People in Iowa, for example, have found that “letting floodplains be floodplains again” (in the words of one municipal engineer there) can reduce the risk of destructive and expensive floods. In 2010, the state legislature voted to create a fund to restore wetlands and restore water quality. Another example: Sugarcane farmers in the Colombia’s Cauca Valley have learned that restoring degraded forests and keeping cattle out of headwaters areas can reduce problems they are having with river sedimentation. A study by The Nature Conservancy and others found that farmers could cut the sedimentation rate in half by spending $1 million to $3 million on reforestation projects per year for eight years – and in that scenario would not have to cut back on their growing season. In short, as little as $8 million invested in conservation could yield more than $45 million in savings.
More good news: Investing in nature transforms the way people see their place in it. Time after time, people – farmers in Iowa, sugarcane growers in Colombia, jet-setting corporate executives – who absolutely do not think of themselves as environmentalists have come to realize that their lives and livelihoods depend on healthy natural systems. They are attracted to particular investment in nature for the specific, practical returns they hope to receive from it. When the investment pans out, as it usually does and will do more and more as investors become more sophisticated, the result is a whole new outlook.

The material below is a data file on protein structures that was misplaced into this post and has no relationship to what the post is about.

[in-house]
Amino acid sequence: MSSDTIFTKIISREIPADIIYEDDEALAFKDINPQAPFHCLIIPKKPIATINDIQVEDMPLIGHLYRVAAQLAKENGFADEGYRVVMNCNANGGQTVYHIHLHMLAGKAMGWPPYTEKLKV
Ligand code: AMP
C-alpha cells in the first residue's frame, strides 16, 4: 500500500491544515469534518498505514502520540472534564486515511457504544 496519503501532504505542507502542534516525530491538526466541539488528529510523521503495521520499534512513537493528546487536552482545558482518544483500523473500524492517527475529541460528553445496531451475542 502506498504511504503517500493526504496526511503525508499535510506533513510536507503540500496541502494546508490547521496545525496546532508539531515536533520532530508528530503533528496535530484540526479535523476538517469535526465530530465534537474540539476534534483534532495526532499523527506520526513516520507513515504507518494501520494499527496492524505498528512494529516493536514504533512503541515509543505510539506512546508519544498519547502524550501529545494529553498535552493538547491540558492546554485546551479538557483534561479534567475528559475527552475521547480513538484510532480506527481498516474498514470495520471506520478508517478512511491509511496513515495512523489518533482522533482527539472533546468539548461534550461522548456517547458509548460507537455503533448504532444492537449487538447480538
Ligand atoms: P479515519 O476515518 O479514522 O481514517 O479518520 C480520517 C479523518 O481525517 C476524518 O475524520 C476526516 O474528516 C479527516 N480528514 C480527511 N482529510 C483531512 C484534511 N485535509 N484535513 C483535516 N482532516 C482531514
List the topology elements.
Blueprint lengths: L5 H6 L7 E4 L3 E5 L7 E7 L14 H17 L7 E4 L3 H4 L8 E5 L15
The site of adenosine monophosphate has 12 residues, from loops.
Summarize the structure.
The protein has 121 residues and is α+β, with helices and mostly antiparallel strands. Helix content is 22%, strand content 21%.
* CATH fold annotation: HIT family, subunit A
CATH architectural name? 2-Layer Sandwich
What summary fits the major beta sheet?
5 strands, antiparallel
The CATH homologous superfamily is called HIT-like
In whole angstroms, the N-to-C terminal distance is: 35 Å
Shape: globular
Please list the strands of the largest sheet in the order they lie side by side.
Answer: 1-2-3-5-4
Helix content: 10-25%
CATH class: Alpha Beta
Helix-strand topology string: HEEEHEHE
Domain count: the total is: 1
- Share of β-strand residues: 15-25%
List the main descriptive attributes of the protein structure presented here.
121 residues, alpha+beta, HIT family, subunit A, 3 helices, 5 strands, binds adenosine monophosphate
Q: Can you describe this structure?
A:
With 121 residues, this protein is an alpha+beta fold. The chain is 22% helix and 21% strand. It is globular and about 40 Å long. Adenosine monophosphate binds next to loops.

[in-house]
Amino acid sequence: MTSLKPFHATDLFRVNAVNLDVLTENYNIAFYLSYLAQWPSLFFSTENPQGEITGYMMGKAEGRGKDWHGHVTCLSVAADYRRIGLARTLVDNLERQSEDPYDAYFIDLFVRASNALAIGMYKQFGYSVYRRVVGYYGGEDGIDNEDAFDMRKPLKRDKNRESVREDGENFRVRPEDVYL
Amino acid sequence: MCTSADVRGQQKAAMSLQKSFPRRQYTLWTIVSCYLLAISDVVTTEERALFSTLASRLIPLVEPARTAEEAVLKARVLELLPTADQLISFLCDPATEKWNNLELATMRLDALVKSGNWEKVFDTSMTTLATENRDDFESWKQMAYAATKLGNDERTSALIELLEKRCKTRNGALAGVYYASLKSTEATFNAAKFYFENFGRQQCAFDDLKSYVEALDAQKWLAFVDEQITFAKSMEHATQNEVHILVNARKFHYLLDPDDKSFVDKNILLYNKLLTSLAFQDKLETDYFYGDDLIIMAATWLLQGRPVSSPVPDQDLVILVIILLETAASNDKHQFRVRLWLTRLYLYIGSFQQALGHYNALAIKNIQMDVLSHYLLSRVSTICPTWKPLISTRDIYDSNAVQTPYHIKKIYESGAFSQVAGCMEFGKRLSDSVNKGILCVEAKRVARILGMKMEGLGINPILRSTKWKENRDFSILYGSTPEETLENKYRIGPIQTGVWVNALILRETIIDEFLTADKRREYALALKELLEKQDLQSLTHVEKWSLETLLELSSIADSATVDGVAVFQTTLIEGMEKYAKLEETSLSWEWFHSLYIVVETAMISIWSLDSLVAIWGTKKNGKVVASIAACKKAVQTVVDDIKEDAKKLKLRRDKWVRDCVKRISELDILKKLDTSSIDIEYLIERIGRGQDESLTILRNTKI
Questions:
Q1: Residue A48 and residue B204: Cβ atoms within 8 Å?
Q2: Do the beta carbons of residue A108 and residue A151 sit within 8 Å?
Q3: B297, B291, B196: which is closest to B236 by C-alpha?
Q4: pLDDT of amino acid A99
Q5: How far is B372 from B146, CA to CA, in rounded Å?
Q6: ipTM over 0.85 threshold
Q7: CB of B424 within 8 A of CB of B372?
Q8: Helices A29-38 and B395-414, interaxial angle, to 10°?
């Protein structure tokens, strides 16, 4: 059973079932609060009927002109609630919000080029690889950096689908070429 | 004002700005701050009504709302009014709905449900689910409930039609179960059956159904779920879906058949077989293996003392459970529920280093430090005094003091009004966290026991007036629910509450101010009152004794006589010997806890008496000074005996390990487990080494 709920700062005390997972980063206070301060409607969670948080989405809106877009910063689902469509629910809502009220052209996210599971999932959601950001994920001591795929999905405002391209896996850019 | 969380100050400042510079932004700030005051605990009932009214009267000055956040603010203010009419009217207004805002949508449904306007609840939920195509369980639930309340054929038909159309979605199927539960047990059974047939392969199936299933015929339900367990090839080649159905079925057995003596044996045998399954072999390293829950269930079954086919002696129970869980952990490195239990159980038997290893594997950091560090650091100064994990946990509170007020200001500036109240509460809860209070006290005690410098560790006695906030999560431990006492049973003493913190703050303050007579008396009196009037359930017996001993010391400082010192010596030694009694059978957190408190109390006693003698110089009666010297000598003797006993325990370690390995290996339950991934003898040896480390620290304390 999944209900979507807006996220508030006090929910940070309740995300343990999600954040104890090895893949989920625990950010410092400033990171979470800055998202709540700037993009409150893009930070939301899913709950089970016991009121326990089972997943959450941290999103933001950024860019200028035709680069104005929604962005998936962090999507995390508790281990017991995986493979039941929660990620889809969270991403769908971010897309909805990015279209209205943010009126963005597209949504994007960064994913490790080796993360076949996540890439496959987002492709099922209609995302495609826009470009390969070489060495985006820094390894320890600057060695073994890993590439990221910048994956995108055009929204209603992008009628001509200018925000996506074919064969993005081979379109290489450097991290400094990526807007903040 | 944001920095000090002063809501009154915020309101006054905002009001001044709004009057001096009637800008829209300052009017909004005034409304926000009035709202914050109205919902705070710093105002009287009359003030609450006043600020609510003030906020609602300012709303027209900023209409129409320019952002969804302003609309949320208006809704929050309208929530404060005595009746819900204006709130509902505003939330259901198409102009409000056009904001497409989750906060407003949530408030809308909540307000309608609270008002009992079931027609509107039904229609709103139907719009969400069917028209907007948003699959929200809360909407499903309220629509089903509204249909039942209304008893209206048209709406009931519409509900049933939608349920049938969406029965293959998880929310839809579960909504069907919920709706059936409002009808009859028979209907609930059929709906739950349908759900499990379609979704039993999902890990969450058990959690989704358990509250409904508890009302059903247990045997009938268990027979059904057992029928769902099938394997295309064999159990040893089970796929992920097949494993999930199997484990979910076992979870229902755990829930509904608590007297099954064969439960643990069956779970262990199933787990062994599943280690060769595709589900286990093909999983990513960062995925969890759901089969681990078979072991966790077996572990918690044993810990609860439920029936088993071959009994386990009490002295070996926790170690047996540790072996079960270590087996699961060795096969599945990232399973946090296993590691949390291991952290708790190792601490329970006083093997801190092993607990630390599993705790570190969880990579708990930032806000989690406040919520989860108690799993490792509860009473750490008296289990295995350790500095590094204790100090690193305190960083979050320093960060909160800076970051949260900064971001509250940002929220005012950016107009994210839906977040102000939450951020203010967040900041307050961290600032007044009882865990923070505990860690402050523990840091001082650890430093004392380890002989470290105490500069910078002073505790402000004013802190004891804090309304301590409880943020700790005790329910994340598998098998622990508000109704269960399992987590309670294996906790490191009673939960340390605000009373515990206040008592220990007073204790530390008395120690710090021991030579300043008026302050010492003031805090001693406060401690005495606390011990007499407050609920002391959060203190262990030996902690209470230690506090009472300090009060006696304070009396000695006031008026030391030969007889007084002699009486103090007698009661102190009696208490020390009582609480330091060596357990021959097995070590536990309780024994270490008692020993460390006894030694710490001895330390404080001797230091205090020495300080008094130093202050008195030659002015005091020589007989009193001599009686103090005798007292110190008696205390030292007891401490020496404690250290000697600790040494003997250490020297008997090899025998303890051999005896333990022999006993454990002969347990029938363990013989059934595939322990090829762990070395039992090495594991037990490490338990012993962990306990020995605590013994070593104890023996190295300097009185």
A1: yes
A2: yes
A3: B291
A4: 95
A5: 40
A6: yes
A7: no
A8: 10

A new valuation of nature, one that integrates conservation values and human development, science and economics, means seeing things whole; if we want a successful business, a livable city, a green, diverse, and vibrant planet, we have to take nature into account, and recognize the real value of the services nature provides.
An age of limits and scarcity does not mean an age of want. It does, however, mean an age of care, of stewardship. All of our actions must heed and respect nature. As stewards of the land have long known, with care even badly damaged places can be renewed, perhaps not as exact replicas of what they were, but vibrant and life sustaining nonetheless. The continued resilience of many threatened ecosystems gives us hope. That, too, is a value of nature.
Excerpted with permission from Nature’s Fortune: How Business and Society Thrive by Investing in Nature, by Mark R. Tercek and Jonathan S. Adams. Available from Basic Books, a member of The Perseus Books Group. Copyright © 2013.